Freedom of the Press
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Press Freedom Score (0 = best, 100 = worst)
Legal Environment(0 = best, 30 = worst)
Political Environment(0 = best, 40 = worst)
Economic Environment(0 = best, 30 = worst)
Media freedom in Azerbaijan continued to deteriorate as President Ilham Aliyev clamped down on the opposition, independent journalists, and civil society. Azerbaijan remained a leading jailer of journalists, and the authorities used the threat of arrest and imprisonment to censor the media. At year’s end, six journalists remained in custody.
The government aggressively uses legislation to stifle media freedom. In March 2009, referendum voters approved constitutional changes that banned the audio recording, videotaping, or photographing of individuals without their consent. The law on mass media was also amended to allow the government to more easily and quickly close down media houses. The parliament considered but ultimately rejected a measure that would have allowed the government to disband media organizations convicted of publishing “biased articles” three times within two years. Azerbaijan adopted a Law on the Right to Obtain Information in 2005, but the authorities have failed to properly implement it; access to information is routinely blocked, requests for information are rarely granted, and there is little regard for the applicable procedures and deadlines.
Libel is a criminal offense. Journalists who criticize the government are frequently prosecuted and imprisoned, and the number of libel cases increased in 2009. In April, Asif Merzili, editor of Tezadlar, was sentenced to one year in prison on defamation charges, and his colleague Zumrud Mammadov was sentenced to six months of corrective labor, though their convictions were overturned by a higher court later that month. Nazim Guliyev of Ideal was convicted of defamation in May and sentenced to six months in prison. In October, three Nota staff members were convicted of defamation; editor in chief Sardar Alibeili and correspondent Faramaz Allahverdiyev were sentenced to several months in prison, while another employee, Ramiz Tagiyev, received a six-month suspended sentence. Also that month, chief editor Zahir Azamat of the sports website Fanat.az and a writer, Natig Mukhtarli, were sentenced to six months and one year of corrective labor, respectively, for insulting the local soccer club’s president.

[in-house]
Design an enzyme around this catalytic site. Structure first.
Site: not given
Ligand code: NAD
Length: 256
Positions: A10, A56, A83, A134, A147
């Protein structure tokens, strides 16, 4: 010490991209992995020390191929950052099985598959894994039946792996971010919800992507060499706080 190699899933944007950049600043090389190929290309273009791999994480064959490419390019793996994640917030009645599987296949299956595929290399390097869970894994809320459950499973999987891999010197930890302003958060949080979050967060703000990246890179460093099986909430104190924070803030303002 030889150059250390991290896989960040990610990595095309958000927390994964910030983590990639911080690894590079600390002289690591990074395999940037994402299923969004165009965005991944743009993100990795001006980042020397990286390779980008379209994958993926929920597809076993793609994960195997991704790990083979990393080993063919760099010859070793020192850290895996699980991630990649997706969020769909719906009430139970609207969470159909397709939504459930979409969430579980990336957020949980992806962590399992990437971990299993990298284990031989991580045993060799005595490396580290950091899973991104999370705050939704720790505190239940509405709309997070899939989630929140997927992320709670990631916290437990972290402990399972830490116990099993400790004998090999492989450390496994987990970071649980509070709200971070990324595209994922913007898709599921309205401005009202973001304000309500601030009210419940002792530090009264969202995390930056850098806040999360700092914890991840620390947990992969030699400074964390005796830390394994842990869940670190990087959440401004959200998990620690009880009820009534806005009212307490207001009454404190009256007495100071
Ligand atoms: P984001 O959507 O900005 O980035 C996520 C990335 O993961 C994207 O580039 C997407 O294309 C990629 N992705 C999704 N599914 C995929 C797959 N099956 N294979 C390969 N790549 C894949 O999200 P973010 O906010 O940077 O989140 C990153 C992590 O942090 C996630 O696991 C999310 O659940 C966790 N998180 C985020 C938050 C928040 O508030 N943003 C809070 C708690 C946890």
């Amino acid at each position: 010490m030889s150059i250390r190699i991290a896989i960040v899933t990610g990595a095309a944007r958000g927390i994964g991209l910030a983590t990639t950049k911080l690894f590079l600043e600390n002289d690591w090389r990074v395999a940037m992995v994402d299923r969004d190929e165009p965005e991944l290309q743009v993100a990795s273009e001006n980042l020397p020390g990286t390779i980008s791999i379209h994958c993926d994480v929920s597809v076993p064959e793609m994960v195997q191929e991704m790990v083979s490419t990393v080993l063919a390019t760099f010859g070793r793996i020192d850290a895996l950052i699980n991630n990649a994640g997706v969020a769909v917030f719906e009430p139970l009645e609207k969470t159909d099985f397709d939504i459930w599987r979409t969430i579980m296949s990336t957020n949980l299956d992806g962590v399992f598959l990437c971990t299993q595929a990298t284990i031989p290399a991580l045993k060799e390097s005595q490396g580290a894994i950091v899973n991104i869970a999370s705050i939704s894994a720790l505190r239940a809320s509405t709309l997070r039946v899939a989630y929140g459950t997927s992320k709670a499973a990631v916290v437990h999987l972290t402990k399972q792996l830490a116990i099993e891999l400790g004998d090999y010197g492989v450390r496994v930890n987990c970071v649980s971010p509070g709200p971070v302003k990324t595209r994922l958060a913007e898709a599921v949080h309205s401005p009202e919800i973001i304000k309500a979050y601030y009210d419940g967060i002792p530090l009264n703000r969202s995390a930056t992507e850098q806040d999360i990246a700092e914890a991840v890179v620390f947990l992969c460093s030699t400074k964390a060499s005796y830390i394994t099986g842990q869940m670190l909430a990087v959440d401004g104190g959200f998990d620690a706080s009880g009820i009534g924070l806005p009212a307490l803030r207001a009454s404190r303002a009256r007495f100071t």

The authorities filed new charges against jailed journalist Eynulla Fatullayev in late December after they allegedly found heroin in his jacket. He had been imprisoned since 2007 for defamation, incitement of ethnic hatred, terrorism, and tax evasion, and the new charges came as the European Court of Human Rights considered Fatullayev’s lawsuit accusing the government of unjust prosecution. Mushfig Huseynov of the opposition daily Bizim Yol, who began a five-year prison sentence for extortion in January 2008, also remained in custody at year’s end. In August, Novruzali Mamedov, the editor of a small newspaper, died in prison two years into a 10-year term for treason. His family and colleagues said he had been suffering from a number of ailments, and that the authorities had failed to provide proper medical attention. The government does not meaningfully investigate attacks and threats against journalists, and several were attacked during the year. The period leading up to the March constitutional referendum, which also removed presidential term limits, was particularly difficult.
The political environment in Azerbaijan is oppressive and the media environment highly politicized. Journalists overwhelmingly practice self-censorship. Reporting on the Nakhchivan Autonomous Republic, an exclave separated from the rest of Azerbaijan by Armenian territory, is nearly off-limits. Journalists who operate in Nakhchivan are harassed, and few outside the region comment on its political developments.
Television stations, largely controlled by the government or government-friendly elites, are the dominant source of news, and broadcast media almost exclusively promote the government line. Although the print media continue to express diverse views despite the repressive climate in which they operate, these views are highly politicized, as most print outlets are tied to either the ruling party or the opposition. In January, foreign services such as the British Broadcasting Corporation, Radio Free Europe/Radio Liberty, and Voice of America were forced off the local airwaves after the National Television and Radio Council barred domestic frequencies from carrying international transmissions. This significantly curtailed the news and information available to the public. Most print media are published in government-owned publishing houses, and the private printing presses are owned by individuals connected to the government. Independent and opposition newspapers struggle financially. State businesses are prohibited from buying advertising in opposition newspapers, and private businesses are pressured to do the same. Some libraries were barred from subscribing to opposition newspapers.About 42 percent of the population uses the internet. The government does not legally restrict internet access, but internet providers must be licensed and have a formal agreement with the Ministry of Communication and Information Technologies. On occasion, the government has blocked access to websites. Two video bloggers, Emin Milli and Adnan Hajizade, were arrested for hooliganism in July 2009. Prior to their arrest, they had posted a series of videos and sketches criticizing government policies. In November, Milli was sentenced to two and a half years and Hajizade to two years in prison.